A Rose by Any Other Fabric


I know the saying is “April showers bring May flowers”, but considering that Cedar City experienced two snow storms this week at the end of May, I’m not giving the weather any credit when it comes to the sudden abundance of flowers.

Recent events, like Mother’s Day and my birthday, have caused me to sit back and realize that flowers make some really strange gifts. Don’t get me wrong, I absolutely love flowers, but just think about this for a minute. You spend around 20 to 50 dollars for someone to tie a bunch of plants together with a wire or thread, then give them to someone who will sniff them once and place them in a glass container, where they then sit on the table so that you can slowly watch them die.

My family got me some gorgeous roses for my birthday, and I have to say that they were the prettiest flowers I have ever gotten. For the sake of sounding poetic, it was like someone had taken the sunset and infused it into the petals. Each flower was a mix of yellow and pink and purple, and made me happy simply looking at them. Within a few minutes of putting them into the vase, the petals opened up even wider and I was owner of the largest, prettiest roses I had ever seen.

I enjoyed them for the next few days, and all was well, but once the third day had hit the downfall of my beautiful flowers had begun. Once the first petal started to curl and go brown, it took less than 48 hours for the rest to follow suite. It was kind of painful to watch.

I was then left with the decision of what to do when them next. They were fun while they lasted, but it didn’t take long for the flowers to outlive their purpose and become useless. I suppose I could dry them, but then what? Place the dried flowers in a vase as a monument to what they once were? I’m already have enough clutter as it is thanks to my minute packrat tendencies, so my pretty sunset flowers ended up in the bottom of the trash can in less than a week.

From a pessimistic standpoint, giving flowers as a gift is kind of messed up. “Here, these reminded me of you. I picked them for you so you can slowly watch them wither and die. Just like our relationship.”

Okay, okay, that was a bit of an exaggeration. I’m kidding. Mostly.

I can definitely see the appeal in giving flowers as a gift. They are pretty, they (usually) smell good, and they require little care besides water and a bit of sunlight (although, good luck finding that if you live in Cedar). It’s when people start spending hundreds of dollars on flowers that I think things have gone too far.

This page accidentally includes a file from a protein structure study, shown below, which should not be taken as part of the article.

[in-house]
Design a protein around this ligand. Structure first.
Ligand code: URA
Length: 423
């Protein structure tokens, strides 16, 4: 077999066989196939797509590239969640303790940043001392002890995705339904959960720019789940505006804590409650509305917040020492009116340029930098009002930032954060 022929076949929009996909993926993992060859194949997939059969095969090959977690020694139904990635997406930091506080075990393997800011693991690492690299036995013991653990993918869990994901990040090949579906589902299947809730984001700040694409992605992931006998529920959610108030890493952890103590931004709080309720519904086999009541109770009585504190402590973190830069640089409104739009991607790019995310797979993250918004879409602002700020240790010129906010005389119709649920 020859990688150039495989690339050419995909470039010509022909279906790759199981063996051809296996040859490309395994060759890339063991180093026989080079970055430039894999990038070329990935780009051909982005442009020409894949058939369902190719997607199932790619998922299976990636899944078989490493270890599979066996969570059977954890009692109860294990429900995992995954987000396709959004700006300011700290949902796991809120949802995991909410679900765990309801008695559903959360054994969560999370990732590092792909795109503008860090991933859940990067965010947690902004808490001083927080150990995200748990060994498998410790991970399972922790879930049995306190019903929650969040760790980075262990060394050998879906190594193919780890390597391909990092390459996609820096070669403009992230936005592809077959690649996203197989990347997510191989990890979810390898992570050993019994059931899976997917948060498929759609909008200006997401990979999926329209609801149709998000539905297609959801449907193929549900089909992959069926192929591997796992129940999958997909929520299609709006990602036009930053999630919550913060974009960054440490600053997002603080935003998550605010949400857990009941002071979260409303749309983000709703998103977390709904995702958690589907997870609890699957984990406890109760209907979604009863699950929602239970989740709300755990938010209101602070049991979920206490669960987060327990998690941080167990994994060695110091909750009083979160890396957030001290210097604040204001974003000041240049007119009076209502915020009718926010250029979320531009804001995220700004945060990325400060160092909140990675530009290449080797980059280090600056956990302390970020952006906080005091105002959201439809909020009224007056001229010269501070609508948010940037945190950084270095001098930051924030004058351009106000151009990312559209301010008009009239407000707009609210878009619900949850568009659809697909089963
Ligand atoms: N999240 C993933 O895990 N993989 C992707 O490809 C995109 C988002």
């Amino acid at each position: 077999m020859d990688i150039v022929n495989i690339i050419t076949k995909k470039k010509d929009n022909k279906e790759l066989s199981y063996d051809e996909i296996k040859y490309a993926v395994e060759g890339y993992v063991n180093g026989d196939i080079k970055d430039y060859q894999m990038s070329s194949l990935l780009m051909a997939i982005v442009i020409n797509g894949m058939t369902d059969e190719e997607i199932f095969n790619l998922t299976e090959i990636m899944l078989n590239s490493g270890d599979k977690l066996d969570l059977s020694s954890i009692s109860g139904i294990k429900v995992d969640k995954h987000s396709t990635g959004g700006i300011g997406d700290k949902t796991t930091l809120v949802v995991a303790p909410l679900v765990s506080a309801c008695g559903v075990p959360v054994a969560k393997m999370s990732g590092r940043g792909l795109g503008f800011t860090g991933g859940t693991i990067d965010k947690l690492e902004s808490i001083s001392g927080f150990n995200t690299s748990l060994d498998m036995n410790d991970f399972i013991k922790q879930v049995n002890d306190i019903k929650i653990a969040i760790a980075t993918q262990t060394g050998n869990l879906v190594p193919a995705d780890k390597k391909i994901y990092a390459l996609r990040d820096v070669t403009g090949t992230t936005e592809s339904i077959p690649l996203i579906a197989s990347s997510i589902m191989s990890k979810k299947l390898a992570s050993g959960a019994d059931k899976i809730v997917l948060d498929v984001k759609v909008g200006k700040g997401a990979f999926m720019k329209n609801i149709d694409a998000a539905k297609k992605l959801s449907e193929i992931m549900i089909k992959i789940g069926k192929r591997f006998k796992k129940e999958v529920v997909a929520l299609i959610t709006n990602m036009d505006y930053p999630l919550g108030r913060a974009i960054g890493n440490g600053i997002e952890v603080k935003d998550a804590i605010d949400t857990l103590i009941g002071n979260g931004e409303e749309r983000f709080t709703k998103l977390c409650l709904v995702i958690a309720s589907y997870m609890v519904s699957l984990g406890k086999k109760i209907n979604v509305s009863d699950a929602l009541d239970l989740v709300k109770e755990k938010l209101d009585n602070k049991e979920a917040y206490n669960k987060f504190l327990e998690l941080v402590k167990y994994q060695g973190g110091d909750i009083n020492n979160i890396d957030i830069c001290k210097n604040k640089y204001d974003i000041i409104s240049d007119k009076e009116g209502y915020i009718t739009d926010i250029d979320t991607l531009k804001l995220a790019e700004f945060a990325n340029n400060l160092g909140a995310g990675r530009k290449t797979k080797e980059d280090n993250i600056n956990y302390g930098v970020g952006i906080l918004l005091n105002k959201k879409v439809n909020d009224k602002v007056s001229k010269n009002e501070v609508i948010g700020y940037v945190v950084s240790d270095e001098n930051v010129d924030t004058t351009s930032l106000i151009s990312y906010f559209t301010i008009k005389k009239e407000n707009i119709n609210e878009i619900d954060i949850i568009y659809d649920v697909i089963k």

Flowers are supposed to be for special occasions. They are supposed to mean something. But what, exactly? Flowers are used for literally almost any occasion: holidays, high school dances, birthdays, funerals, I love you’s, apologies, performances, as a show of sympathy, to make your roommate miserable with her allergies. Well, maybe not that last one, but with all of these special occasions, how much are spent on flowers a year?

My younger brother, Tyson, has found a loophole for this flower dilemma. For those who aren’t aware, Tyson is extremely skilled when it comes to origami. When I was his age, I thought I was pretty cool with my paper fortune tellers and boats. Tyson has quickly beaten me out in the cool factor. He’s made things from dragons to dogs to an origami Yoda.

The origami force is strong, with this one.

Tyson can also make flowers, which the assortment of various color and styles scattered around our house demonstrates. And I am absolutely jealous. Tyson’s flowers don’t die after five days. Granted, they aren’t quite like the real things, but they are still impressive and fun to look at.

I know it probably sounds like I hate getting flowers as a gift or that I’m some flowers rights activist, but I promise that’s not the case. This is what happens when I go into a blog post with very little planning beforehand. I ramble more than usual (but hey, this is a blog called Reclusive Ramblings. What else can you expect?) In the end, it doesn’t really matter what the gift is or what it’s made from, be it petals and stems or wires and paper. It’s the thought that counts, and despite all the uses for flowers, it is my opinion that they almost always bubble down to one universal meaning: I love you.



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